Why Buying Flowers Is a Legit Form of Self-Care
“Self-care” is so more than just a trendy topic. When it comes to feeling your best and producing positive vibes that’ll help you attract the things that’ll help you flourish, taking care of yourself is a serious and important first step. Make time to tackle the obvious components in your wellness routine like nutrition, exercise, and sleep, but never discount the little gestures or compassion you show to yourself — they can have a surprisingly powerful impact.
According to a study conducted by the University of North Florida, The Impact of Flowers on Perceived Stress Among Women, something as simple as living with flowers (whether you receive them as a gift or buy them for yourself) in an indoor environment can make you feel happier. The brand new research piggybacks on years of behavioral studies from universities (including Harvard, Texas A&M, and Rutgers) that proved how flowers can help people feel more energetic, strengthen their feelings of compassion, foster creativity, and reduce stress to create feelings of happiness.
“There is a growing body of research that illustrates how environmental design positively impacts health. Now it is both intuitive and scientifically known that adding elements of nature, like flowers, to interiors promotes well-being,” lead researcher Erin Largo-Wight, PhD, Associate Professor of University of North Florida’s Department of Public Health, noted in the study. “Our findings are important from a public health perspective because adding flowers to reduce stress does not require tremendous effort to generate a meaningful effect. When life seems to be in a constant state of frenzy, flowers can provide us with a much-needed moment of calm.”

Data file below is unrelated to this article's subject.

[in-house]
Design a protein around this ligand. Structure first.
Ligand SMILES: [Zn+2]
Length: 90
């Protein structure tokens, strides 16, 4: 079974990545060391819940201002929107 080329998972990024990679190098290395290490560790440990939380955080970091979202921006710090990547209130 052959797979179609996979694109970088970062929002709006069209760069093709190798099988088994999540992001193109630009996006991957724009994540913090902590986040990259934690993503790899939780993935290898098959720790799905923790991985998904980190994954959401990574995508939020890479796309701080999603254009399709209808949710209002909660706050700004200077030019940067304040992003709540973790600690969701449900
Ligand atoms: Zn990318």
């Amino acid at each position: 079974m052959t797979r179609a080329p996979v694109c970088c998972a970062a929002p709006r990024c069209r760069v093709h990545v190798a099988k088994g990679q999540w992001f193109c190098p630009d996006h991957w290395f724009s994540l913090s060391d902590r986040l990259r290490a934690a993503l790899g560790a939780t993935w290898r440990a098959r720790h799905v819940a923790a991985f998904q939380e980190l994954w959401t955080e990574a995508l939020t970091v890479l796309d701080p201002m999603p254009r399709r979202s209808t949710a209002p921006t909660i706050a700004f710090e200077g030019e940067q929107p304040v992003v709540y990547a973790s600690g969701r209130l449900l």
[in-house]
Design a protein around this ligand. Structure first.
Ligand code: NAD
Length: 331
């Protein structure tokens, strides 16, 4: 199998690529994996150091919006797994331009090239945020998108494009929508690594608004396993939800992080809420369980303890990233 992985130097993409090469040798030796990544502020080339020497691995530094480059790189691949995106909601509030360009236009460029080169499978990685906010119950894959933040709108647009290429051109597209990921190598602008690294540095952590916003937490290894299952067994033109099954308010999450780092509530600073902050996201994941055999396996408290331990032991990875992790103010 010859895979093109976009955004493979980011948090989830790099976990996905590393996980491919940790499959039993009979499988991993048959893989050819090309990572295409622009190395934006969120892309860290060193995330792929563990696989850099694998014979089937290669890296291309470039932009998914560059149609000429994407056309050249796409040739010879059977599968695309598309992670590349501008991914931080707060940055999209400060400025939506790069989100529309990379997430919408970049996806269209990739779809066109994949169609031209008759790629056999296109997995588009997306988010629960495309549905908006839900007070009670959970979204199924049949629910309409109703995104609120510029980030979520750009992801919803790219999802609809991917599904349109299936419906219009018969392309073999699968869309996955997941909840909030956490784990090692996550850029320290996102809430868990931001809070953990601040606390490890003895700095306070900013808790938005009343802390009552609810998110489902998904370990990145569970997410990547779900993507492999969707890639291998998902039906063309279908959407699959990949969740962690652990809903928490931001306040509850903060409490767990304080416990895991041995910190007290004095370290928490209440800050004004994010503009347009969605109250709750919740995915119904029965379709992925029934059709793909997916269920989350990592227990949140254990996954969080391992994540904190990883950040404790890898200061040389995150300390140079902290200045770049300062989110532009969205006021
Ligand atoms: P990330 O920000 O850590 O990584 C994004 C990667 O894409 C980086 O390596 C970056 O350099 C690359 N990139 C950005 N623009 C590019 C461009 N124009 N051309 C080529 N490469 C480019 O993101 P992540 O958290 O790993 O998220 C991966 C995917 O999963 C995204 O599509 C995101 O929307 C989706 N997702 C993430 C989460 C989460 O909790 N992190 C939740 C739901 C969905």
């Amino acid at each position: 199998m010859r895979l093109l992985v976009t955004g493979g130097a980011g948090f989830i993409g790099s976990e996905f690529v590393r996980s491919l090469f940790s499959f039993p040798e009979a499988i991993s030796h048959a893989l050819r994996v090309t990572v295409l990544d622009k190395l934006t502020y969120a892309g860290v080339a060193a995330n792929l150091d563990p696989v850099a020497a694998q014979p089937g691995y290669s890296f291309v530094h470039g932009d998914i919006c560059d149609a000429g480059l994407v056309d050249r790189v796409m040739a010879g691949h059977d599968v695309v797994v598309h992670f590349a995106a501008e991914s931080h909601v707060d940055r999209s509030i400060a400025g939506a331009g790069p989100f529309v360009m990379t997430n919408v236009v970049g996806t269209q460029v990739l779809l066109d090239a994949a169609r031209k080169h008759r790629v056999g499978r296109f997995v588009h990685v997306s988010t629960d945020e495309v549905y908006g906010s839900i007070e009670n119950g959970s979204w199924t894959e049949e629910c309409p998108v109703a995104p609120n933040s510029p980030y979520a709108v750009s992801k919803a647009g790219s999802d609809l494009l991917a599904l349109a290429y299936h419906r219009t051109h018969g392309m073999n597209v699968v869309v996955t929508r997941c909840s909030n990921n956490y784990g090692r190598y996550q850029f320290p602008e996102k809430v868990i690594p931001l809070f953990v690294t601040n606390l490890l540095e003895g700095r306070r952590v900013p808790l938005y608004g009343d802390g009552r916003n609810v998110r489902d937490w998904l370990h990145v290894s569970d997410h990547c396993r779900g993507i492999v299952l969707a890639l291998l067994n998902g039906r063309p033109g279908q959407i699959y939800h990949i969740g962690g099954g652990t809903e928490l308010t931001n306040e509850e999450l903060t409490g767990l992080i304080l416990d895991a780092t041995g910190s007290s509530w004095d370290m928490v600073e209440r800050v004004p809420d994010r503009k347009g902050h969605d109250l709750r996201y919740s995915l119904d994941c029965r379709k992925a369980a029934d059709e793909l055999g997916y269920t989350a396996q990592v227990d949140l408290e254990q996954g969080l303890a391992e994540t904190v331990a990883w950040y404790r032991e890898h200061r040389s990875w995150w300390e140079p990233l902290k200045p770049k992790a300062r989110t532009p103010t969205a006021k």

To prove her point, Largo-Wight’s team demonstrated that the average reduction in stress among the women who received and lived with flowers was -5.5 points on the study’s Perceived Stress Questionnaire, a strong statistical significance in a decrease in stress; participants who received the flowers reported improved moods.
This is an especially important reminder when you consider that, according to Wakefield Research, a whopping 68 percent of people say they feel stress on a weekly basis. Even more, 32 percent of people admit to feeling stressed every day, and 25 percent of women say they’re stressed multiple times each day. Nodding your head yes? We feel you, girl: Trying to crush it at work while managing money, family stuff, and more can totally take its toll.
While a night out with friends or going on vacation can help take the edge off, we think it’s nice to know that flowers can be an uplifting and beautiful quick fix. Go ahead and treat yourself to a new bouquet for your bedside table or desk at the office — you deserve it.
Do you buy yourself flowers? Show us your beautiful bouquets on Instagram by tagging @BritandCo.
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